Crack! Too fast for the human eye to accurately view, only super slow-motion video cameras can really "see" the precise moment lightning bolts hit a building.
This is surprisingly difficult to do: Cameras need to be very close to the structure and a long observation time is needed to observe a single lightning strike on a specific building.
A new study in the peer-reviewed journal Geophysical Research Letters included results from recent video observations of lightning hitting buildings in São Paulo City, Brazil. These are the types of buildings that are commonly found in almost every populated area around the world.
In the video, not only does lightning blast down from the cloud, separate bolts also move up from the building underneath. These videos show in slow motion the moment when the down-coming leader of the lightning strike connects to the upward leader, which comes from the tip of the lightning rods of the twin buildings.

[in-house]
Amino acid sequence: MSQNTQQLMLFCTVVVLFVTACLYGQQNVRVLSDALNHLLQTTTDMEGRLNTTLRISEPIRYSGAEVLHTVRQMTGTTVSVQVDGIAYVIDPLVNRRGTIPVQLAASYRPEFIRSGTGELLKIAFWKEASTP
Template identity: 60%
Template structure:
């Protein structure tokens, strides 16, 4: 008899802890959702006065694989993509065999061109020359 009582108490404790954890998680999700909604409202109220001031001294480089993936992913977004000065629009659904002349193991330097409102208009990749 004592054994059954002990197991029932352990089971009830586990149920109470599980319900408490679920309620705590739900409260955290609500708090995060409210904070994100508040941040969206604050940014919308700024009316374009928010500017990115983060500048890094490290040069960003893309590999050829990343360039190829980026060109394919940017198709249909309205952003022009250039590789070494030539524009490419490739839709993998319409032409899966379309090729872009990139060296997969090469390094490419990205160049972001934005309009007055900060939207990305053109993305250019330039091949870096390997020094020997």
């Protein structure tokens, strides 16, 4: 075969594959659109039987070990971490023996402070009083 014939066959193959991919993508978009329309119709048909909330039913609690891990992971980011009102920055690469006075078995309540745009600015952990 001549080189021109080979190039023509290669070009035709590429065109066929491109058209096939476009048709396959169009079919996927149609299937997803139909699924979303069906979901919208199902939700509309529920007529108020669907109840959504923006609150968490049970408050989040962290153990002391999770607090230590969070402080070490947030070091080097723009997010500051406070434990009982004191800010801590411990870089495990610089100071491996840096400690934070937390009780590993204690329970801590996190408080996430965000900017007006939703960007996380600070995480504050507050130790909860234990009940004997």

The proximity of the camera and the high frame rate allowed study authors to see interesting details that will improve understanding how lightning works as well as lightning protection standards.
Marcelo Saba of the National Institute for Space Research in Brazil led the study. The journal is a publication of the American Geophysical Union.